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Meng Wanzhou could be one step closer to freedom

Court docs from Canadian authorities already show possible violations of Meng’s Charter rights. The judge approved more disclosure that could corroborate.
Graeme Gordon Montreal, QC

Chinese Huawei executive Meng Wanzhou may be one step closer to freedom from her ankle bracelet and house arrest in her Vancouver mansion now that a B.C. judge approved her lawyers’ application this week for more documents to be released, which could potentially reveal more coordination between Canadian and American authorities in the lead up to her arrest on Dec. 1 of 2018.

“When you drill down, the defence is saying, ‘You are not disclosing everything to us. We think that you knew about Meng Wanzhou was coming to Canada… and the US intelligence agencies, commercial agencies knew she was coming, so you cooked something up to sucker punch her,” Christopher Hicks, Toronto criminal lawyer and founding partner of Hicks Adams LLP who’s not involved in Meng’s case, said to The Post Millennial.

“They’re asking for a whole bunch of material. If it really does exist, and they’re going to get their hands on it, it could be explosive.”

Meng, whose father founded the Shenzhen-based company, was first arrested from the extradition request of the US authorities who are accusing her of fraud, breaking the rules of sanctions against Iran.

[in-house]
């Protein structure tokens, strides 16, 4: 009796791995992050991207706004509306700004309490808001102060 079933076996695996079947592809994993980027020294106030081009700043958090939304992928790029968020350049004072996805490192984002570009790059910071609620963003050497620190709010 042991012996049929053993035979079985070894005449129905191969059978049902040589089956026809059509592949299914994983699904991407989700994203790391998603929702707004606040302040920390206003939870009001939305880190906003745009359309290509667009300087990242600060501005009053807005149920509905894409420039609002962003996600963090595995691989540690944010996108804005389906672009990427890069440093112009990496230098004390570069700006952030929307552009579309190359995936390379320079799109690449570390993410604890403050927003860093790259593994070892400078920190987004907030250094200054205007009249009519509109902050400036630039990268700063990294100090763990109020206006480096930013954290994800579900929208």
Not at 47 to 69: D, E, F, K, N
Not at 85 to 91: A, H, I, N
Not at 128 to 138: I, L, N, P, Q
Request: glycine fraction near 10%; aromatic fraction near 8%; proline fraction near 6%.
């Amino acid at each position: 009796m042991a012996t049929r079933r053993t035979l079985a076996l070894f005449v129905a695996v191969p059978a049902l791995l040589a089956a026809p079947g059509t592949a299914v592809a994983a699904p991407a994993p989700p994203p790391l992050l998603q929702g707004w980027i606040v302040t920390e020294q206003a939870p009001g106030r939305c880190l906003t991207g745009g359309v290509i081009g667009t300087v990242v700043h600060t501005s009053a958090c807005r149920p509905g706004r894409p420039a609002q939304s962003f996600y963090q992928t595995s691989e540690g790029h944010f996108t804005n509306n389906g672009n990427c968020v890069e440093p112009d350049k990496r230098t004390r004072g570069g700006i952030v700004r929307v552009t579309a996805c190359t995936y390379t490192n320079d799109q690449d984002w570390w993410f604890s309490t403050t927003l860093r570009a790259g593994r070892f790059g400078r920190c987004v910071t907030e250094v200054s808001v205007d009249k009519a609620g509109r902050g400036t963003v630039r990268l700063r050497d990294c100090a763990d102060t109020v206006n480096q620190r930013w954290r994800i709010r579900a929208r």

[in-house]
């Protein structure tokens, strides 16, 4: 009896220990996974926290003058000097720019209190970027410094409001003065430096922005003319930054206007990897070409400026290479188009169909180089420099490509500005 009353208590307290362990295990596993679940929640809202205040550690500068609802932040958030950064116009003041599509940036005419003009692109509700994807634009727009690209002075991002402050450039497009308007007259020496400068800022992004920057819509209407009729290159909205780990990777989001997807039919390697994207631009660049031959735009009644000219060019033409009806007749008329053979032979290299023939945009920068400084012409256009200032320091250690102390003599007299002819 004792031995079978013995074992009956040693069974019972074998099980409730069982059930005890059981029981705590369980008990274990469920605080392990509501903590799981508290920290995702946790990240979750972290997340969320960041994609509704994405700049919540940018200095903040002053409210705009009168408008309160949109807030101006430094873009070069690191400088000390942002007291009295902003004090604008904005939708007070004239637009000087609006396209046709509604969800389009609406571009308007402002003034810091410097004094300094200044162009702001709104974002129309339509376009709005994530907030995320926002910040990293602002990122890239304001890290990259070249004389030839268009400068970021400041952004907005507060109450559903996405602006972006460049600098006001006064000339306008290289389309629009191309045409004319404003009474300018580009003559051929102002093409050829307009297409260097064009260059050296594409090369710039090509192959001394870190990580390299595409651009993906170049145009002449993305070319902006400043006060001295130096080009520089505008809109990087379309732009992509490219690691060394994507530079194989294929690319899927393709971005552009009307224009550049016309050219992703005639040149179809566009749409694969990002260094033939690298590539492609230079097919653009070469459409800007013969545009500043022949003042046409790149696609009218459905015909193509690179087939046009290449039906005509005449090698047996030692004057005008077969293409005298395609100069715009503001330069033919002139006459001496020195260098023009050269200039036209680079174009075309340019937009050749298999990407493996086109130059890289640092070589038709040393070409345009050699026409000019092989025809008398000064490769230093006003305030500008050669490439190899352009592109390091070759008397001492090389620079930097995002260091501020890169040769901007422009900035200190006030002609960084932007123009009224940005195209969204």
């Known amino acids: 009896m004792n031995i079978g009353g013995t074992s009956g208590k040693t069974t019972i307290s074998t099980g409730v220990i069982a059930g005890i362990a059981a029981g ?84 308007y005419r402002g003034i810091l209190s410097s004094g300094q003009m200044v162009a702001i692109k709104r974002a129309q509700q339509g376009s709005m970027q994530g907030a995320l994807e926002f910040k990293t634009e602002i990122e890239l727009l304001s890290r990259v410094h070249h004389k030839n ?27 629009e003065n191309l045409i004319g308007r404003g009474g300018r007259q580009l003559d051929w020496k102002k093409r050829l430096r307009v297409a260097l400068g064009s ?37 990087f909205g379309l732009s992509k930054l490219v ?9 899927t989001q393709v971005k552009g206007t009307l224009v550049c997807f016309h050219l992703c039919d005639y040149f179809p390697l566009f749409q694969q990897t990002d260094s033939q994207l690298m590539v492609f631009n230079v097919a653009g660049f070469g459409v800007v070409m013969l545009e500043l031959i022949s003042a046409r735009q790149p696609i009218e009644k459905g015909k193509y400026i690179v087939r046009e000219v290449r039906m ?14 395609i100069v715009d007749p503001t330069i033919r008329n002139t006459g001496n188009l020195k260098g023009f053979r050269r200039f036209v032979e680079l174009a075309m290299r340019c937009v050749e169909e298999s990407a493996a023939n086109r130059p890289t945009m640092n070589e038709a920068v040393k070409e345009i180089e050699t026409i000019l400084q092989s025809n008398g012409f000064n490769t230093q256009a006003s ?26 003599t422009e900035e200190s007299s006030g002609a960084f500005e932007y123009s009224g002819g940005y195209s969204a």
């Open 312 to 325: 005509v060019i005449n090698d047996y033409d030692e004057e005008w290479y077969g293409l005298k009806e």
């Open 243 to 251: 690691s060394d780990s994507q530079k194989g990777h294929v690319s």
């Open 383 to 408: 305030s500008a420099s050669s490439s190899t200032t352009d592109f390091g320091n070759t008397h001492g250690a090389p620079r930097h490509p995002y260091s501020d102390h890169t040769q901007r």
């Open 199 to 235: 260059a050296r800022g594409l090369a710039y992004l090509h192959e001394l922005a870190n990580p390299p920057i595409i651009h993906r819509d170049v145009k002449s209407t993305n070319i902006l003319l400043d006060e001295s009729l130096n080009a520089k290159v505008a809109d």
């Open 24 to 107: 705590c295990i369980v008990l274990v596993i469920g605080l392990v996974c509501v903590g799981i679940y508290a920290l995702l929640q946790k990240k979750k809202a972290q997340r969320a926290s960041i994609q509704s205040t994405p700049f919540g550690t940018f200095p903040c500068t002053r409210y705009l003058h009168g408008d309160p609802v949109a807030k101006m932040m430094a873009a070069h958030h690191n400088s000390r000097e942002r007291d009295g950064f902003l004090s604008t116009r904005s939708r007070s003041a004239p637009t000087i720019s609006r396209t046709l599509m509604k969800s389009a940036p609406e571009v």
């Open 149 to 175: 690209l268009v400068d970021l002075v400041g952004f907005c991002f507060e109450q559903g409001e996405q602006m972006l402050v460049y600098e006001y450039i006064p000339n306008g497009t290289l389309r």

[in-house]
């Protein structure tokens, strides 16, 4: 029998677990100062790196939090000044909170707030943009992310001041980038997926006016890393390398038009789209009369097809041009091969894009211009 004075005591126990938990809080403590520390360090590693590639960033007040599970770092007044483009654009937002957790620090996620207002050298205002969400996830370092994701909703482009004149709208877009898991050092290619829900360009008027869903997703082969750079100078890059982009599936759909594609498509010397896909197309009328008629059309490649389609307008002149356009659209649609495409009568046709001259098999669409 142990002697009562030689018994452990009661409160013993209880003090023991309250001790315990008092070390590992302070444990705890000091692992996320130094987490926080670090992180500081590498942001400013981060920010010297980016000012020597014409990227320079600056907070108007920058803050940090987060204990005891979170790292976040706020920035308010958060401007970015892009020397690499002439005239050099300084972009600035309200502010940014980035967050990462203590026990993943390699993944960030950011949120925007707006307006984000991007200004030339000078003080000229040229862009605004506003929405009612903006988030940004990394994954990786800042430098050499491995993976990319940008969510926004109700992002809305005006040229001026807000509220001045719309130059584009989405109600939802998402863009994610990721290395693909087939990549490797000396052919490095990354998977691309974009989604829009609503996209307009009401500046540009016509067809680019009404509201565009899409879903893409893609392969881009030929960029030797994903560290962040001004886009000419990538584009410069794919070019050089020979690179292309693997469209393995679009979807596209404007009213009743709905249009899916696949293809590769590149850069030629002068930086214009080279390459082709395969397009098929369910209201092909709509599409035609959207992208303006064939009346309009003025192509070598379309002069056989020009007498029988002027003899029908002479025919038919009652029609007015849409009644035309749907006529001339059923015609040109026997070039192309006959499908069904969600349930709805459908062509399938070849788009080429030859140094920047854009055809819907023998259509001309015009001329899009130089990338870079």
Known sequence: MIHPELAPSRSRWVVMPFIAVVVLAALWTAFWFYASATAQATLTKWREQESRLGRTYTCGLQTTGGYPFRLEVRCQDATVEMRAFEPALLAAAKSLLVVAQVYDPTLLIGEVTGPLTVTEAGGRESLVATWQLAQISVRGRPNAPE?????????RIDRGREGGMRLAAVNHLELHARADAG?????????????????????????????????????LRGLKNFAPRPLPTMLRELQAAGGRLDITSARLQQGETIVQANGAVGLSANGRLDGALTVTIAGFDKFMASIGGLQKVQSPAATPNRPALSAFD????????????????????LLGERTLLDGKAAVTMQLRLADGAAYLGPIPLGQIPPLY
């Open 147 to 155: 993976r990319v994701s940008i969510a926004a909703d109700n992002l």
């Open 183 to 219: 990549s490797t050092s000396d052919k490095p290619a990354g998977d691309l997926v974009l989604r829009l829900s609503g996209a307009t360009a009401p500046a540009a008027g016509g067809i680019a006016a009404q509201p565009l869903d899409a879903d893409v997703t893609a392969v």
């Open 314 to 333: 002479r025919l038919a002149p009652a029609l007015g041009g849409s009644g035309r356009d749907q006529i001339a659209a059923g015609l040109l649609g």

The Globe and Mail published a lengthy article, on the eve of the one-year anniversary of Meng’s arrest, which included Canadian and American sources claiming the plan to arrest Meng came together very last minute, with only a day’s notice given to Canadian authorities that the US wanted her arrested when her flight landed in Canada.

This narrative of very short notice, Hicks says, could crumble depending on what is found in the new documents Meng’s counsel has forced the authorities involved to produce, including the Canada Border Services Agency (CBSA) and RCMP.

The Globe and Mail article also paraphrased part of an interview with Scott Kennedy, China expert of Washington-based Center for Strategic and International Studies, who told the newspaper there were three ways this international fracas between the two most powerful nations in the world could be resolved: “Canadian courts could say the U.S. has not provided proof to warrant an extradition, and set her free; Huawei can negotiate a plea deal with the U.S. Justice Department that leads to a withdrawal of the extradition request; or a deal between Mr. Trump and Mr. Xi could lead to her freedom.”

But legal experts such as Hicks, as well as Meng’s own all-star legal counsel, would argue there’s a fourth alternative that’s a distinct possibility. If Meng’s Charter rights are found to have been violated in the three hours she was detained before being arrested, she could be set free and the evidence gathered from her electronics found inadmissible.

In affidavits and notes from RCMP and CBSA officers already in the court record, and obtained by The Post Millennial, there are several parts of the execution of the arrest of Meng that the defence alleges the Canadian authorities failed in their duty to perform due process.

The first point of contention is that the CBSA did not tell Meng her rights when they detained her (which Meng’s lawyers’ are arguing was under false pretense) for a customs inspection.

“Never mind if you’re under arrest, if you’re a suspect, and the police are talking to you, they have to tell you that you have your rights,” said Hicks.